Armadillos do not like to hang out. They generally keep to their home range, avoiding each other and eating alone. The breeding season poses a particular set of challenges for the solitary creatures, namely, tolerating one another long enough to screw.
Photo: Jim Mullhaupt/Flickr
Colleen McDonough, a behavioural ecologist at the Valdosta State University in Georgia, spoke with Live Science about the little-known mating behaviours of nine-banded armadillo, which can smell a fellow loner from very far away:
Pairing behaviour is a kind of courtship ritual in which the male tries to remain in close proximity to the female (within a few meters) at all times. If the female is unreceptive, however, she'll do all she can to get away, including kicking at him with her hind legs, according to McDonough. But females are generally much more tolerant of males during the breeding season.
Aside from crowding the female's personal space, the male armadillo courts her by pawing at her carapace and sniffing her genitalia. If she's into it, the two start making "chucking" noises at each other and she'll lift and wag her tail. If another male wallows into the situation, the male armadillo rushes to chase off or fight him.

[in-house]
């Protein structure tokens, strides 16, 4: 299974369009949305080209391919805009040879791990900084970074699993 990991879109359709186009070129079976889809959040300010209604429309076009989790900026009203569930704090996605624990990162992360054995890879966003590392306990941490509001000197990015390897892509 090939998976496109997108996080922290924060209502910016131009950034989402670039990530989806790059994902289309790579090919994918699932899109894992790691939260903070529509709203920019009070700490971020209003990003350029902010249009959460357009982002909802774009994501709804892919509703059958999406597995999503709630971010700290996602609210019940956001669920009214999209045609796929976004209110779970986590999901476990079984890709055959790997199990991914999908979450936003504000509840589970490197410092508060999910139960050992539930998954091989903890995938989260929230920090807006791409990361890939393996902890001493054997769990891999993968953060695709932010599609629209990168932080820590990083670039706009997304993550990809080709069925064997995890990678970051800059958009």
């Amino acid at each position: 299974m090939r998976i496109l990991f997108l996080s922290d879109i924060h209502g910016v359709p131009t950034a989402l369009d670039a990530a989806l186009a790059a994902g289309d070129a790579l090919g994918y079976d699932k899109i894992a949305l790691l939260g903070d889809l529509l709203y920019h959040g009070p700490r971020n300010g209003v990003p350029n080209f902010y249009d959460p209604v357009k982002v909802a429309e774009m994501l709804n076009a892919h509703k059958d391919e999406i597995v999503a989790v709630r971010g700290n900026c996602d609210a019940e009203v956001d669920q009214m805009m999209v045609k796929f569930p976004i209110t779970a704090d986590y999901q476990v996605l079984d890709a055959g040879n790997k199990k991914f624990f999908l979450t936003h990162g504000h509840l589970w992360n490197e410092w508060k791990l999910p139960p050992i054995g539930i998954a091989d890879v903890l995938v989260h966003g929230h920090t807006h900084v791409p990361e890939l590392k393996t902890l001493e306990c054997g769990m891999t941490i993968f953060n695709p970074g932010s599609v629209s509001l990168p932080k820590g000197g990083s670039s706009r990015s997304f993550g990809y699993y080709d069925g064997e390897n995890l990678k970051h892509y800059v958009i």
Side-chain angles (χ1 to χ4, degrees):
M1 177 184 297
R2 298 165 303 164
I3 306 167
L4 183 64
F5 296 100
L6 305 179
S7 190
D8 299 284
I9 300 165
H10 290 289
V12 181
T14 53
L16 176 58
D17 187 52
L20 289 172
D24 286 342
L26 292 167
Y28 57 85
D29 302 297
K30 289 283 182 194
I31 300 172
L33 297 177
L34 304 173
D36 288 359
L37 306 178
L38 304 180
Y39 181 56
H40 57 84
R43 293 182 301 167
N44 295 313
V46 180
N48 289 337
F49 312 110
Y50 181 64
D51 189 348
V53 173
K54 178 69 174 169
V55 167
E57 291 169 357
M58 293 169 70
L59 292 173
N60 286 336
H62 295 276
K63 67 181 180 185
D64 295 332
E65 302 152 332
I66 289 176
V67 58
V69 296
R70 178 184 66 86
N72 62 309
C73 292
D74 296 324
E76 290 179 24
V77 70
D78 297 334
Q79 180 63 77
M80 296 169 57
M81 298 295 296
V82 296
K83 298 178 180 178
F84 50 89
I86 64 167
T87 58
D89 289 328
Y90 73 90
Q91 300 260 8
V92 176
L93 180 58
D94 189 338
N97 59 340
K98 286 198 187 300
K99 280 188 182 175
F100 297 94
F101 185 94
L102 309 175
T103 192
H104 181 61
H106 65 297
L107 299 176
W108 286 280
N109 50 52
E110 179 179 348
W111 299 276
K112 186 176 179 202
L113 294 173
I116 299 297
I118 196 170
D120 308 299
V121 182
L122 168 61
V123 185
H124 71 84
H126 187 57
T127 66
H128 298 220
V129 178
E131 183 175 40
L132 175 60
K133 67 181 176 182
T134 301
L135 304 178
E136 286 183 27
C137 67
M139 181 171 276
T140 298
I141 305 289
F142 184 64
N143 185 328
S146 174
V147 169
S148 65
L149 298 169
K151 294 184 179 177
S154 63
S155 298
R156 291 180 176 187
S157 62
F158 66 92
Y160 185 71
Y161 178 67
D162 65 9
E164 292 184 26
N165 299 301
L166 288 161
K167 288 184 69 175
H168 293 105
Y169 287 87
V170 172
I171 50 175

There are over 20 species of armadillo, but only the nine-banded armadillos are found in the United States. Unlike the three-banded armadillos which can curl themselves up completely into crusty impenetrable balls, nine-banded armadillos can't. But they can inflate their own intestines and float away on water. They're also very good at holding their breath and digging holes in the dirt where they can burrow into when all this is over and everything is back to normal.